My previous posts focused on change in share of income over time. Those posts showed that the highest 5% of income earners have greatly increased their share of total income, whereas the bottom 90% has actually decreased in share of income. That's a bit meta, given that it doesn't take into account overall increases in total income. I decided to create some new figures that just focus on income.
Some notes about what I did, first. I used the data that the CBO released last week. I used after-tax income; this is important because it is a more conservative assessment of income. If I used pre-tax income, the differences I show below would be even more exaggerated. In addition, given that some groups don't pay any federal income taxes, I felt it was probably better to use after-tax income so that we're comparing apples to apples. The data came from page 1C in their spreadsheet
Second, the CBO gives data in quintiles. They break down only the top quintile into smaller groups. Unfortunately, their breakdown is inclusive. Thus, their Top 5% includes the Top 1% and the rest of the Top 5%. I had to calculate the Top 5%-1% group by subtracting out the Top 1% from the Top 5% group, and so on.
Now to the data. This figure shows after-tax income per household since 1979. These are in 2005 dollars, which adjusts for inflation. Except for the numbers I calculated for the top percentiles, the raw data comes right off the CBO spreadsheet. (Sorry, no log scale. You want log scale? Make your own fig!)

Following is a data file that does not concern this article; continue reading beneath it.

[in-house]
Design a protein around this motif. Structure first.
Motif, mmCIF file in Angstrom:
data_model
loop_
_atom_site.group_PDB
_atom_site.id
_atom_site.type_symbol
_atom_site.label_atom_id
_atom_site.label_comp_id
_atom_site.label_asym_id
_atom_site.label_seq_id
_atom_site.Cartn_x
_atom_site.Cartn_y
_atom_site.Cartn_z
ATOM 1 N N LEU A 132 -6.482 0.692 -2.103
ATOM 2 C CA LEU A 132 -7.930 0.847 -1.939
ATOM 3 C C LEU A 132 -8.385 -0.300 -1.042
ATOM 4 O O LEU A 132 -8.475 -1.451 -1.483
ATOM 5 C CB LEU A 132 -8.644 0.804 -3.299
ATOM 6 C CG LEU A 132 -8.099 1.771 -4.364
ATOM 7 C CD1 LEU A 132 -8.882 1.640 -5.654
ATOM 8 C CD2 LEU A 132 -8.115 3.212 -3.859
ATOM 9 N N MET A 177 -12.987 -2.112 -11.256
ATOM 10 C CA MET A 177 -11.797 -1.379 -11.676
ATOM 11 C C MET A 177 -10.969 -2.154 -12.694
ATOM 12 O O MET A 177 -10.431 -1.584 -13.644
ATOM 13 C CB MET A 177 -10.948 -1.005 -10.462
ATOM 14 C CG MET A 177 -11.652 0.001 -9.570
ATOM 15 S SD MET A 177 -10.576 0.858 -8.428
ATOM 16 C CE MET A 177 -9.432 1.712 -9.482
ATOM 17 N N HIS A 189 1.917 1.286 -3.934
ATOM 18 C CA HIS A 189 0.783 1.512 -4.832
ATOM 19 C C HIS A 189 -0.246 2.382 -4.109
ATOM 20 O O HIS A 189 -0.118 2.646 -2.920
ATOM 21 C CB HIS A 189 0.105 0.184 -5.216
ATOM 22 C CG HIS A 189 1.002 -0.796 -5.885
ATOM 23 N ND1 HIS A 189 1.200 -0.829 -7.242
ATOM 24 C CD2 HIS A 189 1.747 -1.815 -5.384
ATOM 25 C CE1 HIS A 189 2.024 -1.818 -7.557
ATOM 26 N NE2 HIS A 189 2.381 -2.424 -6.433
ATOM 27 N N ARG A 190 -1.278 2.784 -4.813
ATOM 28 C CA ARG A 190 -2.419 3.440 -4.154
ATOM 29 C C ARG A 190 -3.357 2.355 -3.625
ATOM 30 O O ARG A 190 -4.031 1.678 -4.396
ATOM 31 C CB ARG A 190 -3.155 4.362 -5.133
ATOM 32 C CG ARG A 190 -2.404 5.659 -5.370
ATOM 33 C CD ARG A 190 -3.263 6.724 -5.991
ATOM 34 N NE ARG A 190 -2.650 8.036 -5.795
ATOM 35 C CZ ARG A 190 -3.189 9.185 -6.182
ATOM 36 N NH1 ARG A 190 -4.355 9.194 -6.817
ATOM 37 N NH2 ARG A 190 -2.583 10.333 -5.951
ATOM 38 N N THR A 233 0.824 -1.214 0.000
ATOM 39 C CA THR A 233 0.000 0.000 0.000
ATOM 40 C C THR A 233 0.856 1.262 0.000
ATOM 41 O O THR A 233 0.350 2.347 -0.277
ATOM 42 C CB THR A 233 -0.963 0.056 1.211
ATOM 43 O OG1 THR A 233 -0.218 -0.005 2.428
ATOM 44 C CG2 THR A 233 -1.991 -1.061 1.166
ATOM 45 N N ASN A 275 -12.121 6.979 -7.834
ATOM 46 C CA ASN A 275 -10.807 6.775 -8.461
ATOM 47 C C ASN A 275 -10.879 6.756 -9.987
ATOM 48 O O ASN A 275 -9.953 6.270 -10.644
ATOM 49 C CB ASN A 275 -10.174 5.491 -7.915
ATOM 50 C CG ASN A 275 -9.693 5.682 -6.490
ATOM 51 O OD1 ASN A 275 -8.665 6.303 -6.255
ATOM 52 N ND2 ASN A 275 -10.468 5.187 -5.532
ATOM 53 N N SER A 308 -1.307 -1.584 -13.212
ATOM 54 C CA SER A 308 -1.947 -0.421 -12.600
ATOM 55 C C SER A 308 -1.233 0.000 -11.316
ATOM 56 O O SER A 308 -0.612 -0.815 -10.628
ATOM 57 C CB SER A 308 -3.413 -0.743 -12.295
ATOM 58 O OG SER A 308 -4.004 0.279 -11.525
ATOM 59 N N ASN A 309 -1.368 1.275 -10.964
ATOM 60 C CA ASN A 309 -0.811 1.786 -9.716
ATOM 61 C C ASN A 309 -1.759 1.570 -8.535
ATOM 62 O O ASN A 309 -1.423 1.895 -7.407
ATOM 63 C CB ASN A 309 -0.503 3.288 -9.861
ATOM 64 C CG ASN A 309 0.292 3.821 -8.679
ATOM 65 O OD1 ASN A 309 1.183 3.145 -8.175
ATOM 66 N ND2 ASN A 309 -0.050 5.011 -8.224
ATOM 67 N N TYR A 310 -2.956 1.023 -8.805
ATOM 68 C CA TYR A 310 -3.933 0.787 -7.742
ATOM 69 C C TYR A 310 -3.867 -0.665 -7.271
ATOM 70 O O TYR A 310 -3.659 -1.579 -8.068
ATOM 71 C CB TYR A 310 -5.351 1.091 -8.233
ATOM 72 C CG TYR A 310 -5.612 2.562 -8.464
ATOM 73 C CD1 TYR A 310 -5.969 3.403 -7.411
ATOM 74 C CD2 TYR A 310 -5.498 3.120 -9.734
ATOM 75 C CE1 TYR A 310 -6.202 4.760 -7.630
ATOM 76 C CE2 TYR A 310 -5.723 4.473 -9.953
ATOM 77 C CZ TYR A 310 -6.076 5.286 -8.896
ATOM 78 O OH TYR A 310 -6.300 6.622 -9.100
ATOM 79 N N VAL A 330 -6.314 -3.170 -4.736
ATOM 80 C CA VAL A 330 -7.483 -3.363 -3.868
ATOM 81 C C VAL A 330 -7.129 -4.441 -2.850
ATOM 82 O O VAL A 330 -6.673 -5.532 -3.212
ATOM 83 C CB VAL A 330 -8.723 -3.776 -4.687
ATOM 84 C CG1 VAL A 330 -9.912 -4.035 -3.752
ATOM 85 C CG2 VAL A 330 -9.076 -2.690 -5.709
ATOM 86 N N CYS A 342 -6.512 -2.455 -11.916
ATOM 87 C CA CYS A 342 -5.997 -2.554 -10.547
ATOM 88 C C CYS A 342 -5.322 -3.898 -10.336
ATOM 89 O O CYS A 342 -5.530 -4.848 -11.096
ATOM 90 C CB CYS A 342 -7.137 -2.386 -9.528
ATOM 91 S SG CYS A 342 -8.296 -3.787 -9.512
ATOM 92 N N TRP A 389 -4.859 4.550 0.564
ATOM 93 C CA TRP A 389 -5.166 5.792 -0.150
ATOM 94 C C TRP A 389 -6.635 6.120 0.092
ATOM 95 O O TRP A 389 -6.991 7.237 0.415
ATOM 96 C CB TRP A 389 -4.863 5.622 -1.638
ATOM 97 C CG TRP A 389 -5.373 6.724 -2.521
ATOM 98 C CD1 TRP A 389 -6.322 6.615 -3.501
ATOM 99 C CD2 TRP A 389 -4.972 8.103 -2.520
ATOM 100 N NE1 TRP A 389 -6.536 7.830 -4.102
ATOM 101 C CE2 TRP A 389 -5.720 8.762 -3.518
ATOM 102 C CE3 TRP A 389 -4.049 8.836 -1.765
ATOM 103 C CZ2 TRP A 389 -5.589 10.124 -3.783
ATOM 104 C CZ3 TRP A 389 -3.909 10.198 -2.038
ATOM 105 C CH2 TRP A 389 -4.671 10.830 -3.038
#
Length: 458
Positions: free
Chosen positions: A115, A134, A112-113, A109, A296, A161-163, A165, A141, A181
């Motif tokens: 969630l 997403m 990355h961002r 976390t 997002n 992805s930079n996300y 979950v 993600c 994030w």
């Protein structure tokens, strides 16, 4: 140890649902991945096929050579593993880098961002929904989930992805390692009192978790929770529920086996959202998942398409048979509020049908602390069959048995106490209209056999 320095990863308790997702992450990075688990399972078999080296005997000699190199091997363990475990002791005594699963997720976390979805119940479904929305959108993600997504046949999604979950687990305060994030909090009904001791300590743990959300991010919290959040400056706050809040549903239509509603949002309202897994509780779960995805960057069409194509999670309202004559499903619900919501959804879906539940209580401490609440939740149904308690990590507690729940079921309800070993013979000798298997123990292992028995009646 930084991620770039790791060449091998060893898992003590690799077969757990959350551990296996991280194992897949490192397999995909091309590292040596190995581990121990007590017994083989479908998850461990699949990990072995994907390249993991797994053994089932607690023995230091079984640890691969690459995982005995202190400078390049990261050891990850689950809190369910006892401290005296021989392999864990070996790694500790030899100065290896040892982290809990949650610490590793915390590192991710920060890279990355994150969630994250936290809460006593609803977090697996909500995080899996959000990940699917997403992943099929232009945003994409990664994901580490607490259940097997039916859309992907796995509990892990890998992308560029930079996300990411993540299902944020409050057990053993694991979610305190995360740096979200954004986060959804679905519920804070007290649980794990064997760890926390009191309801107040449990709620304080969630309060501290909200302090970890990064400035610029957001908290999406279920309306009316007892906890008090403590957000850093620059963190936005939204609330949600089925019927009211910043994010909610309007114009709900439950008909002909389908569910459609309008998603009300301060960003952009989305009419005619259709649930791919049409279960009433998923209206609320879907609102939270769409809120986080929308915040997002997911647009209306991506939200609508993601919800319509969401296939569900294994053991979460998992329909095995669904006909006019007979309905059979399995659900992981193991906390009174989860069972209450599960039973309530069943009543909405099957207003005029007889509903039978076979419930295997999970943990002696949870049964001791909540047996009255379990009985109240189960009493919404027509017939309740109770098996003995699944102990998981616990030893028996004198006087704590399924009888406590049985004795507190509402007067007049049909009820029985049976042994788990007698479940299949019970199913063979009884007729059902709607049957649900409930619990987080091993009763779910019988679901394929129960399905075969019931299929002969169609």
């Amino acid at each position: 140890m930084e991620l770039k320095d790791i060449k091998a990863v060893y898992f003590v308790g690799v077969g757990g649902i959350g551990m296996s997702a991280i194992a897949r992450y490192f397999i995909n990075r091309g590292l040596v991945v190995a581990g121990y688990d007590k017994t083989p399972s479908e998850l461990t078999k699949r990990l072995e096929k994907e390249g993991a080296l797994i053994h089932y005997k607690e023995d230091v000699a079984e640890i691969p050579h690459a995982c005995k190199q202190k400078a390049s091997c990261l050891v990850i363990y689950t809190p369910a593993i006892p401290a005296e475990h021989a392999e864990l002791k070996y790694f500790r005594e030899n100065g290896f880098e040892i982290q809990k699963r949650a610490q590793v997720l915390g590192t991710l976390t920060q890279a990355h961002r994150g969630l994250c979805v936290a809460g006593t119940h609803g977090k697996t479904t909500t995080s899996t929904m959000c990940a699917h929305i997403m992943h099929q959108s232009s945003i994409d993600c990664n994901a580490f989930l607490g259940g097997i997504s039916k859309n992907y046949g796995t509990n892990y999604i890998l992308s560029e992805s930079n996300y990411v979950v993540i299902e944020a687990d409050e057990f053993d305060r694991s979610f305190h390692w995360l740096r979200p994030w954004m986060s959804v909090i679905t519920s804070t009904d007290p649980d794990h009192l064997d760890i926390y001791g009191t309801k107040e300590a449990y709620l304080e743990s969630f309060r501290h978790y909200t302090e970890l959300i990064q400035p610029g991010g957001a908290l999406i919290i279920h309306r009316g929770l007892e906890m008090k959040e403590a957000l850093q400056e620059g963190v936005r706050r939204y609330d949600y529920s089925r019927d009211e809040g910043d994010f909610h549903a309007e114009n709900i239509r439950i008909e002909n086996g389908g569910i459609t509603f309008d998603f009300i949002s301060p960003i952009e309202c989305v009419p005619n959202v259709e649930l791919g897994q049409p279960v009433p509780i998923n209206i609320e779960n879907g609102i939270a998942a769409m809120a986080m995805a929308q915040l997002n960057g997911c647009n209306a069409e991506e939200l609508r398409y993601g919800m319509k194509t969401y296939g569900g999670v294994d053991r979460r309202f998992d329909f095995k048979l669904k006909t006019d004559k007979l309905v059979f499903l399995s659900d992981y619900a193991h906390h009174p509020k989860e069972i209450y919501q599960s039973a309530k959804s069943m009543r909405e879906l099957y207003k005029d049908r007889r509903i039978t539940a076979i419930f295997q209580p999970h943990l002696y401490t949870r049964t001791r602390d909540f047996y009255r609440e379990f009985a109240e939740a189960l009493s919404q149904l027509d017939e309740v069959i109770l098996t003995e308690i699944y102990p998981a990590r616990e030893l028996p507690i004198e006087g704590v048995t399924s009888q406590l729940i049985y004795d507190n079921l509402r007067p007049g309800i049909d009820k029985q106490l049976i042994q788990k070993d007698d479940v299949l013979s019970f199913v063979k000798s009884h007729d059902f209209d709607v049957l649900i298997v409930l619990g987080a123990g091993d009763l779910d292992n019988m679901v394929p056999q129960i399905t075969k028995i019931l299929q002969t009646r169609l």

In 1979, the lowest quintile made $14,400 in 2005 dollars; the top 1% made $326,400, or 22.7 times more than the average person in the lowest quintile. As the figure above shows, this gap has widened. In 2005, the lowest quintile made $15,300; the top 1% made $1,071,500, or 70 times more than the lowest quintile.
I also wanted to know how income has changed over time since 1979. The fig below shows percent change in income since 1979 adjusted for inflation. As you can see, every group is making more money now than they did in 1979. Yet some groups are doing a little bit better than others.
The after-tax income per household in 2005 for lowest quintile is 6.25% higher than it was in 1979, adjusted for inflation. The after-tax income per household in 2005 for the Top 1% is 228.3% higher than it was in 1979, adjusted for inflation.
There are some interesting facts to point out. It's clear that the income for the Top 1% is especially sensitive to good times and bad times on Wall St. The sharpest drop-offs in their income comes during the 1987 crash and the 2000-2001 tech bubble implosion. Yet despite all of that volatility, they are making 228% more than they were in 1979 when adjusted for inflation. Not too shabby.
The lowest quintile also shows a very interesting pattern. the 80's were especially hard on the poor. Their income decreased for the first five years and was flat for the rest of the decade. The 90's saw an interesting turn around for after-tax income for this group. They saw substantial growth in their income through the entire decade, growing to 13.2% greater than their 1979 income in 1999. Their gains were so impressive that they almost reached the same growth achieved by the second and middle quintiles.
Yet, since 2000, fortunes for the bottom quintile have waned. They shed nearly all of their gains by 2003, when their inflation-adjusted income was only 4.17% higher than it was in 1979. The Top 1% also took a hit in 2003, sinking to only 128% higher than their 1979 income. Luckily they have made it all back and then some in just two years.
I'll do some more thinking about all of this. For the time being, all of this brings to mind a saying:
A rising tide lifts all yachts...